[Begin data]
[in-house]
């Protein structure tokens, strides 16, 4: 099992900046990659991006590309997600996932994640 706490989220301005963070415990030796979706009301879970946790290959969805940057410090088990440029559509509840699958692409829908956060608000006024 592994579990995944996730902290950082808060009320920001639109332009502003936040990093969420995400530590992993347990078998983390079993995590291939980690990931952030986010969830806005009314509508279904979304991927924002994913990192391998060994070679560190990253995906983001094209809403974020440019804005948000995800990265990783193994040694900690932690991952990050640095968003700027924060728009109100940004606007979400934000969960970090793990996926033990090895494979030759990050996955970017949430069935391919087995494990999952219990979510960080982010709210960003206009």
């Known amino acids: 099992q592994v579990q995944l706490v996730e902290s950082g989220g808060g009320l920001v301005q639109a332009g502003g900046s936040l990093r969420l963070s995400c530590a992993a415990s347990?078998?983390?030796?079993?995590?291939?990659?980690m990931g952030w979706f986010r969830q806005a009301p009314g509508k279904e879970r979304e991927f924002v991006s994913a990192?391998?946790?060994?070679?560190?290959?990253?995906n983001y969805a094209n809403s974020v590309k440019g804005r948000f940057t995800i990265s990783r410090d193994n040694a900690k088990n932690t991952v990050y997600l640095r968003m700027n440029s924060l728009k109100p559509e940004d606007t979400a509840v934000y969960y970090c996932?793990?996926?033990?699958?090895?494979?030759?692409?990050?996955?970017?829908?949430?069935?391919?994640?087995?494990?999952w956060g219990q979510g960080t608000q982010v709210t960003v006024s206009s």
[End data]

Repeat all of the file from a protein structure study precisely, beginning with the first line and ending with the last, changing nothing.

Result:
[in-house]
């Protein structure tokens, strides 16, 4: 099992900046990659991006590309997600996932994640 706490989220301005963070415990030796979706009301879970946790290959969805940057410090088990440029559509509840699958692409829908956060608000006024 592994579990995944996730902290950082808060009320920001639109332009502003936040990093969420995400530590992993347990078998983390079993995590291939980690990931952030986010969830806005009314509508279904979304991927924002994913990192391998060994070679560190990253995906983001094209809403974020440019804005948000995800990265990783193994040694900690932690991952990050640095968003700027924060728009109100940004606007979400934000969960970090793990996926033990090895494979030759990050996955970017949430069935391919087995494990999952219990979510960080982010709210960003206009």
């Known amino acids: 099992q592994v579990q995944l706490v996730e902290s950082g989220g808060g009320l920001v301005q639109a332009g502003g900046s936040l990093r969420l963070s995400c530590a992993a415990s347990?078998?983390?030796?079993?995590?291939?990659?980690m990931g952030w979706f986010r969830q806005a009301p009314g509508k279904e879970r979304e991927f924002v991006s994913a990192?391998?946790?060994?070679?560190?290959?990253?995906n983001y969805a094209n809403s974020v590309k440019g804005r948000f940057t995800i990265s990783r410090d193994n040694a900690k088990n932690t991952v990050y997600l640095r968003m700027n440029s924060l728009k109100p559509e940004d606007t979400a509840v934000y969960y970090c996932?793990?996926?033990?699958?090895?494979?030759?692409?990050?996955?970017?829908?949430?069935?391919?994640?087995?494990?999952w956060g219990q979510g960080t608000q982010v709210t960003v006024s206009s």